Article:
Now let's see how we can get a basic Rails application up and running with a few commands

Using Rails 2.0

Getting started and checking out our installation
Creating a new project in Rails 2.0 starts out much like previous versions. This tutorial uses the example of creating an application to manage the inventory at a local Mom and Pop video rental store, Mom and Pop's Movie Exchange. We'll call the project 'exchange'.

We'll create a directory to keep our work in, change to that directory and use the 'rails' command to create the shell for the exchange application. A great deal of information will flash by on your terminal as Rails creates the basic structure of the application.
$ mkdir work
$ cd work
work$ rails exchange
create
create app/controllers
create app/helpers
create app/models
create app/views/layouts
create config/environments
create config/initializers
create db
create doc
create lib
create lib/tasks
create log
create public/images
create public/javascripts
create public/stylesheets
create script/performance
create script/process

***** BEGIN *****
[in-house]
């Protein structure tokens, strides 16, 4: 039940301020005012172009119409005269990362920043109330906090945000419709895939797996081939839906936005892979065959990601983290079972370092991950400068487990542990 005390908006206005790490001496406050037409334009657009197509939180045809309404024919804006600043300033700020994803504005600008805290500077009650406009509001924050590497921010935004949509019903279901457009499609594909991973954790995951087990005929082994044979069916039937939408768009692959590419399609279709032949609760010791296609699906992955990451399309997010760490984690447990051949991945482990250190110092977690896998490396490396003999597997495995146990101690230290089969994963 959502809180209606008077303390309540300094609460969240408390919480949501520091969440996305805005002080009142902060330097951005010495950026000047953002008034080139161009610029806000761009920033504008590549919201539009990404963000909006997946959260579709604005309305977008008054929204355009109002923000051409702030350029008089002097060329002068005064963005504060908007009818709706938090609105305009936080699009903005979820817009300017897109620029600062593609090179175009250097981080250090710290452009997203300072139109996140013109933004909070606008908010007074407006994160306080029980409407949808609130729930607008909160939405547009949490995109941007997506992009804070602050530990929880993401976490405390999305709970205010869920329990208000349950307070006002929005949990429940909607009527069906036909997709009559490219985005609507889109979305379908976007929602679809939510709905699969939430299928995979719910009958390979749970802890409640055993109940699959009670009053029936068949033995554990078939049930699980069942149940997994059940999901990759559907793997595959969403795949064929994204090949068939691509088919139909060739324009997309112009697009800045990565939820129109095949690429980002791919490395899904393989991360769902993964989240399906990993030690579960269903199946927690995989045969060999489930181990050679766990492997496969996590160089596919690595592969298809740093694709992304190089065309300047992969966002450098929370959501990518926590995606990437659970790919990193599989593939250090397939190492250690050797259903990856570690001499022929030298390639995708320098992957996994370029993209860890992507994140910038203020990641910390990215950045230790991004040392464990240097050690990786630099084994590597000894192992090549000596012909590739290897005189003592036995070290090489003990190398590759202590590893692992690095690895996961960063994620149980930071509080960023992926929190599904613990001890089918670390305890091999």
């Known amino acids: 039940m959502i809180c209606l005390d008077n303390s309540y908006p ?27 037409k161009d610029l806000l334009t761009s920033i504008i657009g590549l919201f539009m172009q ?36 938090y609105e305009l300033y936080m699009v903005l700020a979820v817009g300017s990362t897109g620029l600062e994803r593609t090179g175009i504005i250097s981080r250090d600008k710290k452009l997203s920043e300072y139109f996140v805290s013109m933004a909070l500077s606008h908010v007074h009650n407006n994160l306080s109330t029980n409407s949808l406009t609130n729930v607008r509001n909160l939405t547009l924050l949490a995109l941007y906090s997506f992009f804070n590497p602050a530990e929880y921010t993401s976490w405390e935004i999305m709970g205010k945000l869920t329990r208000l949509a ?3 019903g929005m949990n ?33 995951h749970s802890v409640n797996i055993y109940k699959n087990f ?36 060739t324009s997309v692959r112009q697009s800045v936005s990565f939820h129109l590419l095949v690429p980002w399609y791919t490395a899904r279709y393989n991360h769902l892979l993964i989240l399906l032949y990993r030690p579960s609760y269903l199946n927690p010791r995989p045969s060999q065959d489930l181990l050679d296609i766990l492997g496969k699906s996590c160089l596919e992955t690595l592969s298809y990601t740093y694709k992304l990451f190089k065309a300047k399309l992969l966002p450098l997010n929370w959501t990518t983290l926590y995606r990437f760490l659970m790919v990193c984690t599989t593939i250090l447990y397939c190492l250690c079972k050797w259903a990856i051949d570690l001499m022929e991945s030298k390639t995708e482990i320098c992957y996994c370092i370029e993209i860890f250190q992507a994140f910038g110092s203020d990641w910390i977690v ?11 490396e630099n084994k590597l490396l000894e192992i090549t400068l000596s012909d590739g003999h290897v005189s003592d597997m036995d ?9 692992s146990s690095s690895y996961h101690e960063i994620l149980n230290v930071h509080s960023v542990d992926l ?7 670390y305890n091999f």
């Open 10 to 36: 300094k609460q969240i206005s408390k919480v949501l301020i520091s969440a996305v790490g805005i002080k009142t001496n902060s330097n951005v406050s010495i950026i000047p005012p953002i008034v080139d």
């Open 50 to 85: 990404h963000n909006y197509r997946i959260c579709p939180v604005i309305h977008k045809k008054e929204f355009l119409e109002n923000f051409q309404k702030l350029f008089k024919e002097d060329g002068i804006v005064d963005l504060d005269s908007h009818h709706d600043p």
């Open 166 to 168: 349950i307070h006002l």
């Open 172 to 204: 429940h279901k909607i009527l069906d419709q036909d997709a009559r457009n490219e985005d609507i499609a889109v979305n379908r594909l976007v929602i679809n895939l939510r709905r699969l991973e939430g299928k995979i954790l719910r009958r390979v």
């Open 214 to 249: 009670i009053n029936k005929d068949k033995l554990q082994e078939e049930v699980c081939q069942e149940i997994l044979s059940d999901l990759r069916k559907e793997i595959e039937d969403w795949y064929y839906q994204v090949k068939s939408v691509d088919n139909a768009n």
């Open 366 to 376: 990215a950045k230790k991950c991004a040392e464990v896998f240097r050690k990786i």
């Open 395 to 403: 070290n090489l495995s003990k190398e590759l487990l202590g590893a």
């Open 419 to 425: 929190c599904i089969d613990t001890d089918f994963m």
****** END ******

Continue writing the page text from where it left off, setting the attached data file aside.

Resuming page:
create test/fixtures
create test/functional
create test/integration
create test/mocks/development
create test/mocks/test
create test/unit
create vendor
create vendor/plugins
create tmp/sessions
create tmp/sockets
create tmp/cache
create tmp/pids
create Rakefile
create README
create app/controllers/application.rb
create app/helpers/application_helper.rb
create test/test_helper.rb
create config/database.yml
create config/routes.rb
create public/.htaccess
create config/initializers/inflections.rb
create config/initializers/mime_types.rb
create config/boot.rb
create config/environment.rb
create config/environments/production.rb
create config/environments/development.rb
create config/environments/test.rb